Your Plan Account Statement Can Reveal Valuable Information

It's smart to make a point of reviewing your retirement plan account statement in detail at least once a year. You'll want to ensure that the information in your statement is accurate and assess whether you should make any changes in your contribution level or investments going forward.

Ensure Personal Details Are Correct

To start your review, check the following for accuracy:

  • Personal information (e.g., name, address, phone, etc.)
  • Hire date (since it can affect vesting)
  • Contribution amounts (yours and your employer's, if applicable)
  • Investment instructions
  • Beneficiary designation

Review Your Investments' Performance

Any large change -- up or down -- in one investment market can impact your portfolio's overall asset allocation.* Consider rebalancing** your portfolio at least once a year so that the percentages you have invested in stocks, bonds, and cash alternatives remain in line with your desired asset allocation.

As a retirement plan investor, your investment goals are typically long term. As such, you may decide to allocate a greater percentage of your portfolio to stock funds*** since a longer investing horizon gives your portfolio more time to recover from any short-term declines in the stock market. However, if there have been changes in your financial situation -- for example, you have experienced a job loss, or you have had to deal with large, unexpected expenses -- you may have less tolerance for investment risk than before. If that's the case, you may choose to lower your exposure to higher risk investments in your portfolio.

One of the best ways to measure your portfolio's performance is to compare your investments to benchmarks. Benchmarking helps put performance in perspective. For example, it can be disturbing when a fund you own has a negative return. However, it doesn't seem so bad if the fund's comparable index dropped by a similar percentage.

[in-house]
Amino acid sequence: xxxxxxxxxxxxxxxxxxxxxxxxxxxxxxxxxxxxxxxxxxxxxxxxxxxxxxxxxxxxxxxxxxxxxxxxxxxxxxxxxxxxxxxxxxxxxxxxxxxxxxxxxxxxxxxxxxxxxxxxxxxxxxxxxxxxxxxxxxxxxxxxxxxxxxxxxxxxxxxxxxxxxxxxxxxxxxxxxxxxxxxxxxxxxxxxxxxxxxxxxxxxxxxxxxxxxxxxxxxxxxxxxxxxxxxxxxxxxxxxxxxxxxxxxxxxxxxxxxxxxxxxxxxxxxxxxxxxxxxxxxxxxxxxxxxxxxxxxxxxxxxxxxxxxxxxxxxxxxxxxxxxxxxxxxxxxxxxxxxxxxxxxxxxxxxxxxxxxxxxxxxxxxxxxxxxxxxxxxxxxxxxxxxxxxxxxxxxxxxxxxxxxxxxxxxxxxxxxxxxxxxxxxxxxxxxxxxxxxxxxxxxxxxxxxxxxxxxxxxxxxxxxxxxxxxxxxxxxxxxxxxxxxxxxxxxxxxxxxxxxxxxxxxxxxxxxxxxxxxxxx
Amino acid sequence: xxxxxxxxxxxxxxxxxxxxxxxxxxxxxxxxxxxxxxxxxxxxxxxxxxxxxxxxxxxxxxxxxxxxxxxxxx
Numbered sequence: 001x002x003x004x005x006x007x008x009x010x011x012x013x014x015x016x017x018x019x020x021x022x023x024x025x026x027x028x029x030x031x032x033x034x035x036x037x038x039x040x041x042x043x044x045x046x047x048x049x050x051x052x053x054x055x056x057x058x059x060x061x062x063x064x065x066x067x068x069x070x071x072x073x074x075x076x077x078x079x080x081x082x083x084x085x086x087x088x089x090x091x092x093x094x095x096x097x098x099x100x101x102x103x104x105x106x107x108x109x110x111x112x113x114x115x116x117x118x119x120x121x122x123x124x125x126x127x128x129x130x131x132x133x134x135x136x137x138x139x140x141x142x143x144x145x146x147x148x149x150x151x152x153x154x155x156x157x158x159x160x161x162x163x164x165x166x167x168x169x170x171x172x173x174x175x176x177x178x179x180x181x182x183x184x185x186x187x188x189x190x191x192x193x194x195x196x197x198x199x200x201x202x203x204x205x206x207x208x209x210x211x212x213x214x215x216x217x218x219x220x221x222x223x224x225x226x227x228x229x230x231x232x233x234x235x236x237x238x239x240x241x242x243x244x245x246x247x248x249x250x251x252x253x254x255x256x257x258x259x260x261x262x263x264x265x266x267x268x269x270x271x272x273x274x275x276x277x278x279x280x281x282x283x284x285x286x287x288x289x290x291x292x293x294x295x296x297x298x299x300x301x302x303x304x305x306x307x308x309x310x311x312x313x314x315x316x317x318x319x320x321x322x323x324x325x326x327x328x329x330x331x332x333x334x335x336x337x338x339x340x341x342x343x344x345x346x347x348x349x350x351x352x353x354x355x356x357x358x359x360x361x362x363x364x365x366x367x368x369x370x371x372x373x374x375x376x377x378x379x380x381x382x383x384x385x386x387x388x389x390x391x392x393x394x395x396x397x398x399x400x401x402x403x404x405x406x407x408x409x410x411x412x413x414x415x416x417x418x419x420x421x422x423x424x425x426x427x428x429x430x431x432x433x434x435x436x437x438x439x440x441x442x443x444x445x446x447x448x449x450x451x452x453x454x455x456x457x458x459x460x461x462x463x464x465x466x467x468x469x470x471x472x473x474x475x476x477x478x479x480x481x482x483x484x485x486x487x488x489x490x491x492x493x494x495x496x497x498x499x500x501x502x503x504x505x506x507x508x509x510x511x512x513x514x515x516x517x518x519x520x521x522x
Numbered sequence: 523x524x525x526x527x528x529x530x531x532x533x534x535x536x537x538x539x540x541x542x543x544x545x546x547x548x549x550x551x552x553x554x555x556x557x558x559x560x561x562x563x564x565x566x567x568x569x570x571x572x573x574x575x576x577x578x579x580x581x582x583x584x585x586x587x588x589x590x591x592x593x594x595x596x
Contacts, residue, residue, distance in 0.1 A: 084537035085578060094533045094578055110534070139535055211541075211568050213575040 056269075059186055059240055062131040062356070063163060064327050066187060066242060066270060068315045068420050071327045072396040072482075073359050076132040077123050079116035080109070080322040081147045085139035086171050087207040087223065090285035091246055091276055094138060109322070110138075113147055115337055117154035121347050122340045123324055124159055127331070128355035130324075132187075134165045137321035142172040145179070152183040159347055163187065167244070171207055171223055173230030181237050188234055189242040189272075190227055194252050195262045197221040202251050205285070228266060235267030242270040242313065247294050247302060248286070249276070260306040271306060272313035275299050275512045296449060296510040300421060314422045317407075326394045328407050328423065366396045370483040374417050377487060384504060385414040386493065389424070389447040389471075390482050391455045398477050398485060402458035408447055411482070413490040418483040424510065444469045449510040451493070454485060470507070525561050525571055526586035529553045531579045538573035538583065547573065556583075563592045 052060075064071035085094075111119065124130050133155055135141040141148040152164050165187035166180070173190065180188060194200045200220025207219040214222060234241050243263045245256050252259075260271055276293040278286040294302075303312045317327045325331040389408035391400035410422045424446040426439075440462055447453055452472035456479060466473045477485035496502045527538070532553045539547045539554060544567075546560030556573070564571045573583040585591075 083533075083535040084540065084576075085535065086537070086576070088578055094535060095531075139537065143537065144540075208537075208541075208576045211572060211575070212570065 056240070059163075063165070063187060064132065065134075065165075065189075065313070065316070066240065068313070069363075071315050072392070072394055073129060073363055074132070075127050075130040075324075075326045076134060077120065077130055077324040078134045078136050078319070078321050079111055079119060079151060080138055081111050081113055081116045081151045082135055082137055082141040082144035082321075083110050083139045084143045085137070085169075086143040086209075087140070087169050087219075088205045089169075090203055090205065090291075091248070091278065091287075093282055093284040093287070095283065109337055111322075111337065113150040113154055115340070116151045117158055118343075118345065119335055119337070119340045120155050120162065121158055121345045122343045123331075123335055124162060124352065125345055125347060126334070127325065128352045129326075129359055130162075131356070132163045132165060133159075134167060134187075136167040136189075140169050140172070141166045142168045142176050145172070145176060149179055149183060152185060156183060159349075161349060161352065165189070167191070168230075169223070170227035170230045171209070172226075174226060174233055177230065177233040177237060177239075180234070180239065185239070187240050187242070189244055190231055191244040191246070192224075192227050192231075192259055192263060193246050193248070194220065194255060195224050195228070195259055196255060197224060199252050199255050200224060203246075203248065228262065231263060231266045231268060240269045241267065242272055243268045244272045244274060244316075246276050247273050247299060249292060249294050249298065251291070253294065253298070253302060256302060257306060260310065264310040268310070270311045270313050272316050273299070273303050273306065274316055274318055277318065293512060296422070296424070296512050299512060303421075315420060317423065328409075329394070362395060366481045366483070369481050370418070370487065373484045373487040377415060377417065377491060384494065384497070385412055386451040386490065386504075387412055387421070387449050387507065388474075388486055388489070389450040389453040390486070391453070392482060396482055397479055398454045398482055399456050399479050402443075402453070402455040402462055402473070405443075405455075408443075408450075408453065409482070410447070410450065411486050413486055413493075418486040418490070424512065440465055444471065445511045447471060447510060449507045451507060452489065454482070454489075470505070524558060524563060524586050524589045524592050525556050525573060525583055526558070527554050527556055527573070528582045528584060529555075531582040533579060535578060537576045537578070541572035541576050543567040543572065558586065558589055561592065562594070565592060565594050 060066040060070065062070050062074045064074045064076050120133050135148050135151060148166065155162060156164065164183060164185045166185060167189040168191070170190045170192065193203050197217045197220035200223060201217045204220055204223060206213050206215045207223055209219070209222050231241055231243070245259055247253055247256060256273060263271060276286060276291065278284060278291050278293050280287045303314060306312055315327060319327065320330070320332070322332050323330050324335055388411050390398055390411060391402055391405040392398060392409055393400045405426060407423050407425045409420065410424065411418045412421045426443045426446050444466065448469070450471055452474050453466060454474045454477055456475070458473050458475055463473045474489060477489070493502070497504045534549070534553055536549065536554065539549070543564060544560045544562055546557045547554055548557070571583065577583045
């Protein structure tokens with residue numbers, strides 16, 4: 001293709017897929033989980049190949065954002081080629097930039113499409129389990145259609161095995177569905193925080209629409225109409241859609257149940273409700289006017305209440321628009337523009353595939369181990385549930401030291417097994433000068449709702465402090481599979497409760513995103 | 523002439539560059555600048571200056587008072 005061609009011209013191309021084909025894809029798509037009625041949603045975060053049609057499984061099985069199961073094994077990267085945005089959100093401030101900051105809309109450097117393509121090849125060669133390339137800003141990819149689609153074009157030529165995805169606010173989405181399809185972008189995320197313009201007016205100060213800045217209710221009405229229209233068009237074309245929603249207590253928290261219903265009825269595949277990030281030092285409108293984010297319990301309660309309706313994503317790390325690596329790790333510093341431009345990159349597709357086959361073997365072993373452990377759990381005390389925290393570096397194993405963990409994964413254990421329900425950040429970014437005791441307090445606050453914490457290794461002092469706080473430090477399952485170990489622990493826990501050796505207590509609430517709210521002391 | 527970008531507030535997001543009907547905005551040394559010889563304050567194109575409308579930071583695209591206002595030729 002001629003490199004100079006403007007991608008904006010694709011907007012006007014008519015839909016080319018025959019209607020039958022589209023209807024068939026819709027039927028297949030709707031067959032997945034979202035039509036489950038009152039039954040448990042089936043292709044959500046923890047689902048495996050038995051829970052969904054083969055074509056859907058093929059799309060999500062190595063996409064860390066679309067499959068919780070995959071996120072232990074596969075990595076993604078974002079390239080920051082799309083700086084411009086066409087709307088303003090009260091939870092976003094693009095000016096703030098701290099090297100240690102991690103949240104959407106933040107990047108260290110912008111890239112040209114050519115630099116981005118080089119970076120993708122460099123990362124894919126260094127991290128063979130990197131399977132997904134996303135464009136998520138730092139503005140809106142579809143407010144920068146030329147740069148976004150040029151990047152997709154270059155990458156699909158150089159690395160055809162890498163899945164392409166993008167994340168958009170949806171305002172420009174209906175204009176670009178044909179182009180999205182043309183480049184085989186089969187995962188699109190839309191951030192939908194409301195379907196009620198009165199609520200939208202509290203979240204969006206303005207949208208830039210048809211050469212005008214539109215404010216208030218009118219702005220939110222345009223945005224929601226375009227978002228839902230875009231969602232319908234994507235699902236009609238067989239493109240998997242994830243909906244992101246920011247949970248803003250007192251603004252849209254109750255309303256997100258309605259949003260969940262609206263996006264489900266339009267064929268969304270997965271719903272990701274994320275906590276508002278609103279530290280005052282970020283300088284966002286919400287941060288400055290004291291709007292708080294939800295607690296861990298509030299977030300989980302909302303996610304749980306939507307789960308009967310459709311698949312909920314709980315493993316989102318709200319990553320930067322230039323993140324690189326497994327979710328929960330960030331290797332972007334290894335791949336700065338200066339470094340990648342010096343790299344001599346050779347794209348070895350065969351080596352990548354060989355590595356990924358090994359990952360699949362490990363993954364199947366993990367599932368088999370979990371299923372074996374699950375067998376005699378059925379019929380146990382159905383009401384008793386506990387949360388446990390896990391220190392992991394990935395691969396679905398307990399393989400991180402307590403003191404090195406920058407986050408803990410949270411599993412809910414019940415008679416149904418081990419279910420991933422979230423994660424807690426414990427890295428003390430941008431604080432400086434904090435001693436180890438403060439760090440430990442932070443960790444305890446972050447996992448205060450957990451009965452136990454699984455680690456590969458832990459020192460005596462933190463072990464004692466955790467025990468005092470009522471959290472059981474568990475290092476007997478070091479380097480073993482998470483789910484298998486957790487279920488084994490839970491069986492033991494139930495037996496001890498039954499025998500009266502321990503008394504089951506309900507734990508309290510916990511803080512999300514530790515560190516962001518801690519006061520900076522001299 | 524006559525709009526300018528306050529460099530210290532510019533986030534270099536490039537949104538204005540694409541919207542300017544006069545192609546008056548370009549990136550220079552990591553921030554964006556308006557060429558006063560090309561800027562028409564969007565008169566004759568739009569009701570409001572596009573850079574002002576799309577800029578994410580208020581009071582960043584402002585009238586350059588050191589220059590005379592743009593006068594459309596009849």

Likewise, if the overall market fell 10% while your fund only fell by 5%, you would understand that your fund did well in the circumstances. However, if your fund earned returns of 5% during a period when its benchmark rose by 15%, then you may want to examine whether continuing to hold that fund makes sense.

Portfolio Turnover Rate

The term portfolio turnover rate refers to the percentage of a mutual fund's holdings that changes over a given period of time. Certain types of stock funds may have high turnover rates because they pursue aggressive or growth strategies. Other types -- value funds, for example -- may have lower turnover rates.

It can be a red flag if a fund's portfolio turnover rate is much higher than that of other funds in the same style category and the fund consistently underperforms similar funds and its benchmark. Portfolio turnover rate is just one of the many factors investors should review when assessing funds in their portfolios.

Management Fees

Mutual funds charge management fees to help cover the expenses of operating the fund. Typically, management fees are used to compensate the investment managers who select and monitor the fund's investments. Deciding whether to continue owning a mutual fund based on how much it charges in annual management fees is a subjective judgement. If the management fees are higher than those of other comparable funds and the fund's performance demonstrates no appreciable difference, then it might be worth looking deeper into the issue.

Work With a Professional

Reviewing your retirement plan account statement can help identify strengths as well as deficiencies in your retirement planning and allow you to respond accordingly. Your financial professional can also be a valuable partner in ensuring that you are on the right track to a financially solid retirement.